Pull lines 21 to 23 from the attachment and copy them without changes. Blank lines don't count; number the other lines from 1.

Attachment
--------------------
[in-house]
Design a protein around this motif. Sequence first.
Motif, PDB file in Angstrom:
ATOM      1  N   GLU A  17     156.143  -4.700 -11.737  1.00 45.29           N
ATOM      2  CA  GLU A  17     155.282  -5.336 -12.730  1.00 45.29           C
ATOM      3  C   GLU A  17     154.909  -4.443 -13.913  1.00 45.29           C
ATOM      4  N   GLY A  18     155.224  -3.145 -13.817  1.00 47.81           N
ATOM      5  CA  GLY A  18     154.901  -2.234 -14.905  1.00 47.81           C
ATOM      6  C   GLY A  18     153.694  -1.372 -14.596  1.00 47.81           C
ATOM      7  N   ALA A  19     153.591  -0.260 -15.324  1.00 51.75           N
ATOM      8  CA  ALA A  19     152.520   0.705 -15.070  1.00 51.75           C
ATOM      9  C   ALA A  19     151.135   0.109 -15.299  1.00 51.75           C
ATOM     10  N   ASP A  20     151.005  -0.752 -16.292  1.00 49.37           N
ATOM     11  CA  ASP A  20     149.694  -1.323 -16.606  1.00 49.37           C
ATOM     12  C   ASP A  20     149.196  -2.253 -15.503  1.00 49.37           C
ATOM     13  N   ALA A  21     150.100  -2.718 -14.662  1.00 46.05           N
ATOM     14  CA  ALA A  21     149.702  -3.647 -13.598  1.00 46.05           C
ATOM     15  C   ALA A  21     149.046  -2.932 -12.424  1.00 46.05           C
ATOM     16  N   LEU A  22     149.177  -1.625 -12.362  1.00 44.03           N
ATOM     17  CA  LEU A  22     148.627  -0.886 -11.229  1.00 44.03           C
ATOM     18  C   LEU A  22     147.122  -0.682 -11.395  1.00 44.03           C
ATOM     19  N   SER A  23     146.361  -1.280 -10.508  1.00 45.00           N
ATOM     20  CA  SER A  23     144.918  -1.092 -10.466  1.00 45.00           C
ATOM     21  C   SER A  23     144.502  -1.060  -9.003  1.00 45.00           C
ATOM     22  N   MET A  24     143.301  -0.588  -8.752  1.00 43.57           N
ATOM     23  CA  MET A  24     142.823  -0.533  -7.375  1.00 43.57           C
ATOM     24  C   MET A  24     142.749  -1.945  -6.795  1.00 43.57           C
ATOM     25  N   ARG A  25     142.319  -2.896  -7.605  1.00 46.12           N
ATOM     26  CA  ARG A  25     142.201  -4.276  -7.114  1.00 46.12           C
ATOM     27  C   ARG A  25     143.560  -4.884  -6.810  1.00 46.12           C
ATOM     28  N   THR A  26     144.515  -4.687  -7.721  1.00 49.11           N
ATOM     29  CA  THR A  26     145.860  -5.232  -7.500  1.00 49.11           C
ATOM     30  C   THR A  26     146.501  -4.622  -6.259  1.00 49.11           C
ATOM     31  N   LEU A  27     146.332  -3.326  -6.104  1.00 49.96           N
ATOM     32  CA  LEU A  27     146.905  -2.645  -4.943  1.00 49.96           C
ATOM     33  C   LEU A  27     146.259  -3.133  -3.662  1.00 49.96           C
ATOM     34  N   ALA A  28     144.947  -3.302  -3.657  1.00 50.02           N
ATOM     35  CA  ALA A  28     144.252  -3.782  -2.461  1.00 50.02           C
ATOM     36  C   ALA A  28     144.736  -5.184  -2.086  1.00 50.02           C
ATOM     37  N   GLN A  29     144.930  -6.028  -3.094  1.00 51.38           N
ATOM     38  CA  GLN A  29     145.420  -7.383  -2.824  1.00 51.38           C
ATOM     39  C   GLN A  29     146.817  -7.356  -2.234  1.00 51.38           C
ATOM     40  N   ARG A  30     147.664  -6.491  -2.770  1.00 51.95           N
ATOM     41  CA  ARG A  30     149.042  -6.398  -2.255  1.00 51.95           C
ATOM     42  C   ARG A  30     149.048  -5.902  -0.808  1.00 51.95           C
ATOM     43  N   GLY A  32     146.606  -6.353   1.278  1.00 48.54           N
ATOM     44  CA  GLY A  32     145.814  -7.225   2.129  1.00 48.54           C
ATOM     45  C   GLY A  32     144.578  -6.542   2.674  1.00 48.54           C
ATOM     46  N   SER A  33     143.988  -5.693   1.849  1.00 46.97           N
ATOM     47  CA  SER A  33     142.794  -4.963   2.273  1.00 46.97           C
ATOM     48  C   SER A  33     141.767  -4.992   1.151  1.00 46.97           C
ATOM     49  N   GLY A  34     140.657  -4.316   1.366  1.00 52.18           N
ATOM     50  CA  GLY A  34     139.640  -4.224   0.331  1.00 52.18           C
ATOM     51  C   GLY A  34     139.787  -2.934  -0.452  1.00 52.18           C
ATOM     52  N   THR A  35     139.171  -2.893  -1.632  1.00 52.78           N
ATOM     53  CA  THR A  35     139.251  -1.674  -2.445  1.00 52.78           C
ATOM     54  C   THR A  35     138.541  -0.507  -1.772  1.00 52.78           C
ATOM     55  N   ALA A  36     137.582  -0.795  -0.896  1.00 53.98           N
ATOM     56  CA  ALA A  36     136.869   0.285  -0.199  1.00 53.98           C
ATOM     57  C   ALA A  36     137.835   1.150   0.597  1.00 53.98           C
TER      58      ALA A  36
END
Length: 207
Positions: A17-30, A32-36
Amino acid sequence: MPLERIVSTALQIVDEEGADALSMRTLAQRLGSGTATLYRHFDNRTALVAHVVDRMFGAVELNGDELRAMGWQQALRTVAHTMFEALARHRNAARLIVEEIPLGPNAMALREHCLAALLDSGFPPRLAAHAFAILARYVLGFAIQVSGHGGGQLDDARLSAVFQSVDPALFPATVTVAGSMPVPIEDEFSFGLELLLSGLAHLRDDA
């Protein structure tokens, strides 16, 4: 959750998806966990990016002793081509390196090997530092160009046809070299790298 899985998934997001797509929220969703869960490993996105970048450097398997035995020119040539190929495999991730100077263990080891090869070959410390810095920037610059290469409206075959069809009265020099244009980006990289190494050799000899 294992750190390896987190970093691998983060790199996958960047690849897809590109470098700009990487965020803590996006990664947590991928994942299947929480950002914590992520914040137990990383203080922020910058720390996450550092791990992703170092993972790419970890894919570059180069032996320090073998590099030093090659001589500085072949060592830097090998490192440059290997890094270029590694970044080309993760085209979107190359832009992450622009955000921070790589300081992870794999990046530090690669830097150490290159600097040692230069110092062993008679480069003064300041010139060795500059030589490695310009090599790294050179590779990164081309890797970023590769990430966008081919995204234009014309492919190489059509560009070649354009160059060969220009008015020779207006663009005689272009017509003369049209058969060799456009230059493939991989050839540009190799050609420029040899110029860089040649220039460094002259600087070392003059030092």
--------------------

ATOM     18  C   LEU A  22     147.122  -0.682 -11.395  1.00 44.03           C
ATOM     19  N   SER A  23     146.361  -1.280 -10.508  1.00 45.00           N
ATOM     20  CA  SER A  23     144.918  -1.092 -10.466  1.00 45.00           C